3 Mistakes Canadian Investors Should Never Make

Even though mistakes, especially when you are doing something as unpredictable as investing, are natural, there are some mistakes that can have dire consequences.

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Mistakes are a crucial part of life. Mistakes are how we learn, how we grow, and how we improve. It’s true for almost all facets of life, including investing.

As an investor, you can make a lot of mistakes. You can pick the wrong companies to invest in (the most common mistake), buy and sell at the wrong time, waste opportunities, etc. But these mistakes are part of the process, and with enough experience, you learn to avoid them or at least keep the worst repercussions at bay.

But there are some mistakes that Canadian investors should try and avoid at all costs.

Ignoring the CRA’s directions about tax-sheltered accounts

The TFSA and RRSP are two powerful tax-sheltered accounts that are available to Canadians and can be potent investment tools if wielded properly. You should try to maximize the benefits you can get from both accounts without going beyond the boundaries set by the CRA. For example, you should never put the wrong asset in your RRSP or invest so frequently in the TFSA that it’s considered trading, which will result in you forfeiting its tax-sheltered status.

With the right asset, like Metro (TSX:MRU), and enough time to grow your nest egg to sizeable proportions, you don’t have to buy and sell assets within your TFSA actively. Buy good businesses and hold on to them for a long time, and you won’t have to rely upon frequency to get rich.

Metro is a well-established aristocrat and a business model that can withstand market crashes and economic instability. And it has a 10-year CAGR of 16.8%. If the company can keep growing at this rate, just $5,000 can grow to six figures in two decades.

Focusing only on growth or dividends

If you are too cautious and focus only on dividend stocks (and the dividend aspect of the stock), you might not grow your nest egg to the size you were hoping to without hefty capital invested in your portfolio. And if you disregard dividends entirely, you might take on more risk and might not have any income-producing assets in your portfolio. Balance is key.

A good middle- ground is dividend stocks with decent yields and modest growth rates, like Bank of Montreal (TSX:BMO)(NYSE:BMO). It’s not a growth stock per se or, more accurately, hasn’t been a reliable growth stock for the past five years, but its 10-year CAGR of 12% (fueled by the current growth bout) looks promising.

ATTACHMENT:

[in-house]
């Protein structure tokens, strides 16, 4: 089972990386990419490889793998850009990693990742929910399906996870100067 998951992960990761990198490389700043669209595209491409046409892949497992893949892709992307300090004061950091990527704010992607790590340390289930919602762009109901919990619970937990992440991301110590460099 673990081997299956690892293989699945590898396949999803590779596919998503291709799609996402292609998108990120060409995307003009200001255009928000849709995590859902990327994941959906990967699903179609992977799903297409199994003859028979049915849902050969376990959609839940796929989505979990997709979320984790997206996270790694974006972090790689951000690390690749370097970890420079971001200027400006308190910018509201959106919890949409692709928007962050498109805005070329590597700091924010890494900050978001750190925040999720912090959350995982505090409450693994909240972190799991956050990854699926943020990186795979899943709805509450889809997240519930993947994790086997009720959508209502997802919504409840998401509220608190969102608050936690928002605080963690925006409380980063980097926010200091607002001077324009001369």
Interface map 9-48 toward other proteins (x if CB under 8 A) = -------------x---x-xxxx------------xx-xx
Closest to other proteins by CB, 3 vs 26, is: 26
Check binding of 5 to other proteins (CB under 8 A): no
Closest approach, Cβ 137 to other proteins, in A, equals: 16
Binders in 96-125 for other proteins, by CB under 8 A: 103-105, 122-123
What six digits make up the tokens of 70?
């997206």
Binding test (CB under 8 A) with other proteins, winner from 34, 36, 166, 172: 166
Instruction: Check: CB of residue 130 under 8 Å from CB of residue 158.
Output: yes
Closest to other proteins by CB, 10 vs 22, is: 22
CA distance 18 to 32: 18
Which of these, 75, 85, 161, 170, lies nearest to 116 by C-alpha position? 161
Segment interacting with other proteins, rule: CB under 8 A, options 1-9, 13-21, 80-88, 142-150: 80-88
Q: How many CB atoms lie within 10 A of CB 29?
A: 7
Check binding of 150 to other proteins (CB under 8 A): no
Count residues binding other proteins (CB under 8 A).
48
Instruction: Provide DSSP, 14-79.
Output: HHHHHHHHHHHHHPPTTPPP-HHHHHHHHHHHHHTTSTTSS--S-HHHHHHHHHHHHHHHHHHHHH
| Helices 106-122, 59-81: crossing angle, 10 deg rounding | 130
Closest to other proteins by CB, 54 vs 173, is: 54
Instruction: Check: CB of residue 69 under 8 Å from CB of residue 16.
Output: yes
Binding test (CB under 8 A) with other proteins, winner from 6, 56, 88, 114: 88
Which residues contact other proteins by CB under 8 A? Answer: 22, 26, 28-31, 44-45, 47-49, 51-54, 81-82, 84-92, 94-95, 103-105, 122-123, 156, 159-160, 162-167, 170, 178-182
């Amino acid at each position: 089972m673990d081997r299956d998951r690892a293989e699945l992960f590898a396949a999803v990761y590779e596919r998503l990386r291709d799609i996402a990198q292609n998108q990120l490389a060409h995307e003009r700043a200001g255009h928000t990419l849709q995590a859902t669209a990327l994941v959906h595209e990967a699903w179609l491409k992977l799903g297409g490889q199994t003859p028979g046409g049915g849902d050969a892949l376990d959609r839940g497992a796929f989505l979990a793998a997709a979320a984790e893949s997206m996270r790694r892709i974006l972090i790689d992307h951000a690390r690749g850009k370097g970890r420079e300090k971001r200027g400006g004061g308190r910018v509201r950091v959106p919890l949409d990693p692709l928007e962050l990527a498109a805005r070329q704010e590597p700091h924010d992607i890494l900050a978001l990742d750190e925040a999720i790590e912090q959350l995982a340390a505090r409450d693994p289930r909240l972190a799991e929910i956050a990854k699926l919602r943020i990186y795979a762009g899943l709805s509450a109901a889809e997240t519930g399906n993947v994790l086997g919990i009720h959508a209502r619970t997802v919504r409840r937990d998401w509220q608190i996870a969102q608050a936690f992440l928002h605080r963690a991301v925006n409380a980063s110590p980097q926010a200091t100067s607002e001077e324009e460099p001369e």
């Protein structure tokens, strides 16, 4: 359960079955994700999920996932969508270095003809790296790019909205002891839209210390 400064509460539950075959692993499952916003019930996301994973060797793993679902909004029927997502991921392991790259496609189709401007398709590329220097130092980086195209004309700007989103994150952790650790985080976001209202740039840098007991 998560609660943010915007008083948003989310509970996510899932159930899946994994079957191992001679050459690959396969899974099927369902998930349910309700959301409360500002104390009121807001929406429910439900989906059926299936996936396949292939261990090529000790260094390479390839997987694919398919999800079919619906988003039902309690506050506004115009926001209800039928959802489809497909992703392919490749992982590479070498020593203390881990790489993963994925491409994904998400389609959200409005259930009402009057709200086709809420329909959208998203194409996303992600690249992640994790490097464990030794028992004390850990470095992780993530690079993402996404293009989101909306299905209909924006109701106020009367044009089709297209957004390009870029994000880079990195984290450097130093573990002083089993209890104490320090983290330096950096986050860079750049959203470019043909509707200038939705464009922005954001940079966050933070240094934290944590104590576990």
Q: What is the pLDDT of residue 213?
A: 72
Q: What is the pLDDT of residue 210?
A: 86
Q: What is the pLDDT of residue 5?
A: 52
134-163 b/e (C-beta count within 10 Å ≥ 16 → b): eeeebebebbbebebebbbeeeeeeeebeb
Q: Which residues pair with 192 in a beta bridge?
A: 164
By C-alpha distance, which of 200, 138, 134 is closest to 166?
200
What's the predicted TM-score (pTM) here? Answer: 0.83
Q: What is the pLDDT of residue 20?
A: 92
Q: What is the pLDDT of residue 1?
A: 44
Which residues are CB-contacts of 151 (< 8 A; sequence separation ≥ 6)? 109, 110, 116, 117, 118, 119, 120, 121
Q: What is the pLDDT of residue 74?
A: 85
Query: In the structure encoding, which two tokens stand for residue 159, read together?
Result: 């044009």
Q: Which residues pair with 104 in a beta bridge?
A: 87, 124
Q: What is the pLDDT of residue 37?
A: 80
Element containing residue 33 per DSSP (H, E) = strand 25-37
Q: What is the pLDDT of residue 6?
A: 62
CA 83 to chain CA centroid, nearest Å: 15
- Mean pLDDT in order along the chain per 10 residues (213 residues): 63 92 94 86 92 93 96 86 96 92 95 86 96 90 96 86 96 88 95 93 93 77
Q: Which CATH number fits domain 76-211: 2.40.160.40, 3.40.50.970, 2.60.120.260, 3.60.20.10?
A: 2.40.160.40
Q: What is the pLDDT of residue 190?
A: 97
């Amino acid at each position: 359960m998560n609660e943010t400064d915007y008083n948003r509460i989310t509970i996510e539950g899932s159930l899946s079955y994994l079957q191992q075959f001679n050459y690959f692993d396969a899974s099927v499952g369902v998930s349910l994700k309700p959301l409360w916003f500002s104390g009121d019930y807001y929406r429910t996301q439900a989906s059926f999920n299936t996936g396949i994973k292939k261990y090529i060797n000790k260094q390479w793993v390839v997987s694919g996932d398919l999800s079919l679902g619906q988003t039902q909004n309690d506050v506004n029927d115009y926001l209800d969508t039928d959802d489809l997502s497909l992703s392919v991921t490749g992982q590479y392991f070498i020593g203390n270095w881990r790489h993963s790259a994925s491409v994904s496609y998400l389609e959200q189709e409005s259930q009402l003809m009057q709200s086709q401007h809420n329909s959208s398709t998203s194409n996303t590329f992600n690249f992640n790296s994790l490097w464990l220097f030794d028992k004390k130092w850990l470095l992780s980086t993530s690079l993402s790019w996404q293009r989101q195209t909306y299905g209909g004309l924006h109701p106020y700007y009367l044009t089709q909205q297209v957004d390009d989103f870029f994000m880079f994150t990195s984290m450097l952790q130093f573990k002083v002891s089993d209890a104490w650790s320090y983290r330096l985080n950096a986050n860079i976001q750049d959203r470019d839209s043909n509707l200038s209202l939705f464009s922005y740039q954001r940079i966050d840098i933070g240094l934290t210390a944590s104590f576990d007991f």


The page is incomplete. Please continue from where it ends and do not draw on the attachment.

If the bank can continue this growth rate for two or three more decades, this growth, along with its 3.4% yield, can be a powerful combination for your portfolio.

Not enough diversification

Adding both dividend and growth stocks to your portfolio isn’t enough diversification, you have to diversify by sector, industry, size, and some other factors as well. It’s also important that you invest in businesses that you understand. Combine the two good practices, and you might have a portfolio that can set you up on the road to gradual, albeit reliable wealth.

Real estate is a simple enough sector to understand, and if you want to add income-producing assets to your portfolio, Nexus REIT (TSX:NXR.UN) might be worth considering. The commercial REIT is currently offering a juicy 5.8% yield. It’s not a growth stock per se, but thanks to the recovery momentum, the stock has been growing quite consistently for the last 12 months and has grown over 87.7% during that time.

Foolish takeaway

These three aren’t the only mistakes Canadian investors should avoid, but they are some of the most significant ones. And avoiding these mistakes is only part of the problem. The next part is adopting good investment habits and practices. If you start early and adopt good investment practices, you might reach your investment goals even by sticking to easy and safe stocks (with minimal volatility).

This article represents the opinion of the writer, who may disagree with the “official” recommendation position of a Motley Fool premium service or advisor. We’re Motley! Questioning an investing thesis — even one of our own — helps us all think critically about investing and make decisions that help us become smarter, happier, and richer, so we sometimes publish articles that may not be in line with recommendations, rankings or other content.

Fool contributor Adam Othman has no position in any of the stocks mentioned. The Motley Fool has no position in any of the stocks mentioned.

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